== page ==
Published: 7 March 2022
Tomorrow is the 47th International Women’s Day to be celebrated around the world since its inception in 1975.
While a huge amount has changed for many women around the world, this year the organisation is taking a serious look at some of the things that still need to be achieved in the fight for equality.
The theme of #BreakTheBias is centred on the idea that when we work together we can create a community free of stereotypes and discrimination - a truly gender-equal world.
Although it’s a problem that can often be very open, sexism can also be more subtle to the point where the person at fault doesn’t even realise what they’ve said or done.
This year, we wanted to help you fight back against sexism and discrimination in all its forms with some tips on how to address it in your everyday life.
Know the signs
Like we say, gender bias is not always so obvious. While it’s easy to spot someone being openly discriminatory, it’s possible to argue that there’s more everyday sexism in the world.
That’s why it’s important to know the signs and recognise them when you see them. Is your study group only men? Do you use few to no examples from female academics in your assignments?
Once you start looking for the unequal balances in the world, you might be surprised by just how much subtle sexism exists even in your own work.
Whether it’s actively looking for articles by female researchers, learning about women-led business or historical figures from your industry, there are loads you can do to combat bias right now.
Think about things like inviting more women to add their voice to your conversations, eat lunch in gender-neutral groups, and avoid talking over people of the opposite sex when they’re answering questions in class.
If you see someone acting openly sexist, it’s OK to (politely) offer your support to the woman experiencing it. Being an ally and a friend in this kind of situation is often the most effective way of diffusing it.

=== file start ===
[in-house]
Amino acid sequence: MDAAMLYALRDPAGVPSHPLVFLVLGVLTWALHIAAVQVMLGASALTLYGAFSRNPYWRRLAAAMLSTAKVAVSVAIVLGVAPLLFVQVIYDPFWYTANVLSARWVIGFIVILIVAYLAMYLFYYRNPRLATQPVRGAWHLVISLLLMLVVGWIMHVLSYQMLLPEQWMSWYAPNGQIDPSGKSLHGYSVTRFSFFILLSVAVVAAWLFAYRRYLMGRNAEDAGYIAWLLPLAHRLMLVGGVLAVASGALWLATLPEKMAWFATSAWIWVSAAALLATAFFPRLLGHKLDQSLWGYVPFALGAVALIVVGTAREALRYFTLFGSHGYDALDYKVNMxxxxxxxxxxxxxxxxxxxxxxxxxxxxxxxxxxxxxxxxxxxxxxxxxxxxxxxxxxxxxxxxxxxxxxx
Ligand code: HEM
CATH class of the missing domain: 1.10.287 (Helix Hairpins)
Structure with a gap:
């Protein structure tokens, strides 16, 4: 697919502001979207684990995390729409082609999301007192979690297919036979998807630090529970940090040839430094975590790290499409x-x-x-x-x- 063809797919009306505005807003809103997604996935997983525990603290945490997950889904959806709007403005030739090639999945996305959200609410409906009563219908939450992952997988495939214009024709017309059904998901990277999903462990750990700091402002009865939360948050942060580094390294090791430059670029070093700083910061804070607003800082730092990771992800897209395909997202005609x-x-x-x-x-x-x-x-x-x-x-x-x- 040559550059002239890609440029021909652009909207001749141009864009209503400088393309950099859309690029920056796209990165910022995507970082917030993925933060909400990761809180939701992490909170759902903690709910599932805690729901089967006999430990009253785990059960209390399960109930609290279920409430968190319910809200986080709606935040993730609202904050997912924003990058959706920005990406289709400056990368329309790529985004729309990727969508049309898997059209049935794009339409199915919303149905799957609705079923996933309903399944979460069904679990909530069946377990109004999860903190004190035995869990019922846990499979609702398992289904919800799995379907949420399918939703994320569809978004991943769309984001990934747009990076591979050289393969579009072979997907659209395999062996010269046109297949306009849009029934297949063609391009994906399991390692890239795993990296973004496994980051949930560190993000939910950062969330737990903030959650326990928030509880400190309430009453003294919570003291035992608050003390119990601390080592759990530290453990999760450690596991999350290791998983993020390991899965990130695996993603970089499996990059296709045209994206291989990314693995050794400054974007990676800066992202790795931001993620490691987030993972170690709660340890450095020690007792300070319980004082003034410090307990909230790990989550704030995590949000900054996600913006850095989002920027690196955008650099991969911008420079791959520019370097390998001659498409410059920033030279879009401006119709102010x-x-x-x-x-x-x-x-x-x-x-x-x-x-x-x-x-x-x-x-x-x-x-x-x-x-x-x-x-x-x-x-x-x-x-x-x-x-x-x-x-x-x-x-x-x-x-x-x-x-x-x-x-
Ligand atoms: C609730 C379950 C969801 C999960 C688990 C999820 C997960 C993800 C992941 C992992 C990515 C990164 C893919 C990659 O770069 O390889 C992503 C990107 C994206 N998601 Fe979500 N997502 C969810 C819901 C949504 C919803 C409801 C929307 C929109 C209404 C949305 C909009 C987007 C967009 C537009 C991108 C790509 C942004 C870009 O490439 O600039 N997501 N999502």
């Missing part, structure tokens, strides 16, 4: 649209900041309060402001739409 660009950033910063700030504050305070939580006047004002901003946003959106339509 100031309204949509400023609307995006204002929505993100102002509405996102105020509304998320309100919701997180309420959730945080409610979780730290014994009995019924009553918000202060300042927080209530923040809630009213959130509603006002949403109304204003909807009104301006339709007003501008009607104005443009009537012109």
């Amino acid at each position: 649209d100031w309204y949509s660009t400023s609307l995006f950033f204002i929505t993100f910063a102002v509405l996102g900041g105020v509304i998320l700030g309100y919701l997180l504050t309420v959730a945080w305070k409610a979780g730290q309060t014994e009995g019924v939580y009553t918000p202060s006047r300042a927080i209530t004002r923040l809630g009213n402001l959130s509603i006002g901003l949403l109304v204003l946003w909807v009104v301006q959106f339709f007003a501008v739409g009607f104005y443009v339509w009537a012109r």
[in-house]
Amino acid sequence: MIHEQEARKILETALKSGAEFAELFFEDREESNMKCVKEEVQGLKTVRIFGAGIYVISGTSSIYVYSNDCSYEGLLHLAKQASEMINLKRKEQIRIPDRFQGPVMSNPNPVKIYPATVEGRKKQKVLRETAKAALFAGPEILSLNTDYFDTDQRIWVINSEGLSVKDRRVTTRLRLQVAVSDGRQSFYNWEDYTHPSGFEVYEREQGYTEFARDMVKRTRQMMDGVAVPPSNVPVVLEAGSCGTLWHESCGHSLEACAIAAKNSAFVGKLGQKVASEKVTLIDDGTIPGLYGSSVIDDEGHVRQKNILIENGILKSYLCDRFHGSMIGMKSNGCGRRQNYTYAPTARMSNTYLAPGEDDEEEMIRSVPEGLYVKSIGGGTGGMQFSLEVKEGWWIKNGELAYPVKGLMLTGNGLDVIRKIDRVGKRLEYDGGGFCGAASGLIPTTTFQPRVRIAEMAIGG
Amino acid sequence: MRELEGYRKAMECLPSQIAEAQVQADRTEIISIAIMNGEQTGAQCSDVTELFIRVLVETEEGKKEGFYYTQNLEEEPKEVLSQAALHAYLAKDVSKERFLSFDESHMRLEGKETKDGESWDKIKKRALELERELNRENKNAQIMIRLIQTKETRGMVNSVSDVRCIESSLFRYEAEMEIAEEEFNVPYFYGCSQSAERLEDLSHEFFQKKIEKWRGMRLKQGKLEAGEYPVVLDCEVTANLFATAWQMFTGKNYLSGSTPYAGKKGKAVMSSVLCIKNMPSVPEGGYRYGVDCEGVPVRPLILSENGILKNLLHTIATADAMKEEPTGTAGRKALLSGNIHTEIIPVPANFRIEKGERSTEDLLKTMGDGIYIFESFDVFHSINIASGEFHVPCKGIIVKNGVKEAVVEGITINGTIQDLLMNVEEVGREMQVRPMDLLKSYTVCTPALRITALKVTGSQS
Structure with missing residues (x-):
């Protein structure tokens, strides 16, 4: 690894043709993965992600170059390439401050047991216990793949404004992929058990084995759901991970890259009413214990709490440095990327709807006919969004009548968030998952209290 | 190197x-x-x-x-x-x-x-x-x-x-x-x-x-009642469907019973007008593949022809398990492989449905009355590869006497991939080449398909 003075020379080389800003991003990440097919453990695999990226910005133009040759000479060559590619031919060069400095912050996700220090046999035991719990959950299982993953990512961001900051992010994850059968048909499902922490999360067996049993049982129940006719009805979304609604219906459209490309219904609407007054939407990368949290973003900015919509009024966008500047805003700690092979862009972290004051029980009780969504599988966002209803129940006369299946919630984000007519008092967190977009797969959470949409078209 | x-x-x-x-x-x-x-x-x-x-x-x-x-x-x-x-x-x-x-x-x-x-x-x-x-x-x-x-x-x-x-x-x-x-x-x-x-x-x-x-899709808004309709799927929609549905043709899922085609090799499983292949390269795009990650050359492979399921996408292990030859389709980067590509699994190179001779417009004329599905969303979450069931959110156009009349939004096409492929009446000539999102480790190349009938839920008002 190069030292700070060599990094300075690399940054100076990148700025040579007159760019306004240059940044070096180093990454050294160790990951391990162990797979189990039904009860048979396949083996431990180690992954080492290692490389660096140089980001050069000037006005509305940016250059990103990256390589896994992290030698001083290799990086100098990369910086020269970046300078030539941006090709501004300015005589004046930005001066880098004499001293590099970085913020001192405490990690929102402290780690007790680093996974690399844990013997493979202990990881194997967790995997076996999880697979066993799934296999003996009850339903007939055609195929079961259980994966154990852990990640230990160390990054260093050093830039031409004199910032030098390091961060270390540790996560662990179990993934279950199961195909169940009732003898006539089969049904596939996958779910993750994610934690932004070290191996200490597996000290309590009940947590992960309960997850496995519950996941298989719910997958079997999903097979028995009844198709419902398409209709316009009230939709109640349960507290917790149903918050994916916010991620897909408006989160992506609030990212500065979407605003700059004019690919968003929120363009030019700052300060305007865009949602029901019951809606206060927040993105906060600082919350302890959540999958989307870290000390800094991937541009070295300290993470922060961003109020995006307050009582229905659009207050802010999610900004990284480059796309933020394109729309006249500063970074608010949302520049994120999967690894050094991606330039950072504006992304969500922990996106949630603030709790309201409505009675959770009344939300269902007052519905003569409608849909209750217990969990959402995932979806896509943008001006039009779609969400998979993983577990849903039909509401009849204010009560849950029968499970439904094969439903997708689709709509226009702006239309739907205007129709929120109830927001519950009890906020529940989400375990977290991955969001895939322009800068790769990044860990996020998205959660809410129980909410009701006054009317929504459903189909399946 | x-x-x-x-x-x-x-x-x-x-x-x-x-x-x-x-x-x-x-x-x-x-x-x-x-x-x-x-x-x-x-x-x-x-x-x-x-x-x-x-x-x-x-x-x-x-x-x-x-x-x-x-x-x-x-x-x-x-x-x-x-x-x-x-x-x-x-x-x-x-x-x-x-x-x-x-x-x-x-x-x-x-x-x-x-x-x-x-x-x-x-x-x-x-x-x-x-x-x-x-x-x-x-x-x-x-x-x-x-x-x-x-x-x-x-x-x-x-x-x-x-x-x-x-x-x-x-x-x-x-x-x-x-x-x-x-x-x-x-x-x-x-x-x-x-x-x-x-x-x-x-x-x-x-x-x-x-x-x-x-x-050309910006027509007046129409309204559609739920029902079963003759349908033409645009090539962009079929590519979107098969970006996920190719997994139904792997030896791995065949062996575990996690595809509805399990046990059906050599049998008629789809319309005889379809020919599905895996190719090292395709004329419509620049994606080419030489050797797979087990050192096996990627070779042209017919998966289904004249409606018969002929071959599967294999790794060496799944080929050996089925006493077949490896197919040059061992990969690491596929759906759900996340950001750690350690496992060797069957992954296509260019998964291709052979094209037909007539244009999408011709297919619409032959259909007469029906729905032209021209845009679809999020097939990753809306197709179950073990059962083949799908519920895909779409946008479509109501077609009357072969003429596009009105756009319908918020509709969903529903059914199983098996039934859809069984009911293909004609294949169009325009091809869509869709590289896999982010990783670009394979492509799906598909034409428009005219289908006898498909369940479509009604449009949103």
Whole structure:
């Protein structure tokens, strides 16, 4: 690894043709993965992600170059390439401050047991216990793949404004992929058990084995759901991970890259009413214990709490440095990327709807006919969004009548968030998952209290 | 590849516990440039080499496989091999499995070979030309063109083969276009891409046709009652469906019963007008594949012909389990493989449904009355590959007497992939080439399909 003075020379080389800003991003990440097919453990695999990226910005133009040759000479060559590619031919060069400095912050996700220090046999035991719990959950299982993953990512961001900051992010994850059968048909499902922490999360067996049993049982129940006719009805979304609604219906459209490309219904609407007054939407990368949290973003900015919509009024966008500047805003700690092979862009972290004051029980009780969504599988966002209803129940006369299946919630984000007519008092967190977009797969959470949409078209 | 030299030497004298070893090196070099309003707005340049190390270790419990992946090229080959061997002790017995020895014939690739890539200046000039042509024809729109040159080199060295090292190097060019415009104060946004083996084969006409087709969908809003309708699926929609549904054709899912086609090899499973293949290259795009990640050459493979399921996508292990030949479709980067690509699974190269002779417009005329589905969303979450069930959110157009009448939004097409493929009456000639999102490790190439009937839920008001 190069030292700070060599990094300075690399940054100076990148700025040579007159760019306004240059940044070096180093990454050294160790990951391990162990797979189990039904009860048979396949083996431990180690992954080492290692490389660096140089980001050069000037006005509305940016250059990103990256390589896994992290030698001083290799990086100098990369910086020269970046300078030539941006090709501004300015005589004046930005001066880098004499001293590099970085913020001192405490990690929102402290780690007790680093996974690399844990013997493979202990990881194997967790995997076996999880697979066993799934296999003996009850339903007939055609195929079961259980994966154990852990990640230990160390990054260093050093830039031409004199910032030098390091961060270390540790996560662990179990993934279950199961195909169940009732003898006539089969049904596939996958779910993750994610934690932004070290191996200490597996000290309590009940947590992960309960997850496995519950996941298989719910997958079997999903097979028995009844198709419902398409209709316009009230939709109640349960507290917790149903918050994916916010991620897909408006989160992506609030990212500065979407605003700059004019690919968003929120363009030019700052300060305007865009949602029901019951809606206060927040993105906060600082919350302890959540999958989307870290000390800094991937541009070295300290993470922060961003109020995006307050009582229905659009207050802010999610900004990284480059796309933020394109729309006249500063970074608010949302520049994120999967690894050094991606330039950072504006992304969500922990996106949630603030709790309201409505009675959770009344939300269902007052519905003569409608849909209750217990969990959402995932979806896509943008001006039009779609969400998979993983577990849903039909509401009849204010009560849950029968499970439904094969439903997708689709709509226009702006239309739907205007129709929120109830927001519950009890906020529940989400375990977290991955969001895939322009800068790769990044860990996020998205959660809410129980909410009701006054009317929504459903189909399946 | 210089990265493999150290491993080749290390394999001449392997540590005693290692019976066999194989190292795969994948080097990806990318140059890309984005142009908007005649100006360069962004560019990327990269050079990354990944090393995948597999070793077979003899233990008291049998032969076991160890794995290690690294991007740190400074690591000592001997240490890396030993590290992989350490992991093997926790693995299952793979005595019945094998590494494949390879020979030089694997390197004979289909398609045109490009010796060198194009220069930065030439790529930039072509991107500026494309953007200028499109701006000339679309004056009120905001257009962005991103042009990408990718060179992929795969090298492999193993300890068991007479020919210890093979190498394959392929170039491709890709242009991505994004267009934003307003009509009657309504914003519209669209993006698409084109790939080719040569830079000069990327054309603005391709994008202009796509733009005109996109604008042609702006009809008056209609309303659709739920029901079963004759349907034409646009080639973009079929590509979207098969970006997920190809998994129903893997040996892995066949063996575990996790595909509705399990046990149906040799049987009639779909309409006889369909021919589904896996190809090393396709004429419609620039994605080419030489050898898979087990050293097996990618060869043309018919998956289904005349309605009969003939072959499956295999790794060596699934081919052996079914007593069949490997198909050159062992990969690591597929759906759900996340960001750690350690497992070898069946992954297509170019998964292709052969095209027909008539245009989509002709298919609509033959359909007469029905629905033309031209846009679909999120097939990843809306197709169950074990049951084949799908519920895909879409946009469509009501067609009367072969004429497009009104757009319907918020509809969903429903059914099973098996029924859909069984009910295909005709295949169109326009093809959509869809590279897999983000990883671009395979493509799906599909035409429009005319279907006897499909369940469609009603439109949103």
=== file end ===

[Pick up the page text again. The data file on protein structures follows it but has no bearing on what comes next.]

Stand up for people online
While social media can encourage for community, discussion and learning, it’s also often a place where some of the most overt sexism appears.
Luckily, anyone can add their voice to the conversation and that includes those of us who want to break the biases we see around us.
This means, when you spot sexism online, don’t be afraid to speak up against it. Show your support for the victim and, where appropriate, report the negative comments for the platform to remove.
There are lots of ways that gender discrimination can find its way into our society. But a large community is growing of people equally dedicated to fighting back against it.
At the University of Sunderland in London, we welcome people from across the gender spectrum in the recognition that diversity is one of the things which makes our community so amazing.
You can find out more about our Equality, Diversity and Inclusion work on the website.
If you’ve experienced sexism, or want to talk with someone about gender discrimination, our Health and Wellbeing team are available 9am-5pm, Monday to Friday. Drop-in to their office on the 4th floor, give them a call on 020 7531 7333 or email at email@example.com for a confidential chat.
If you want to get involved, tell us how you’re breaking the bias and share your pics using #WeAreSunLon and #BreakTheBias.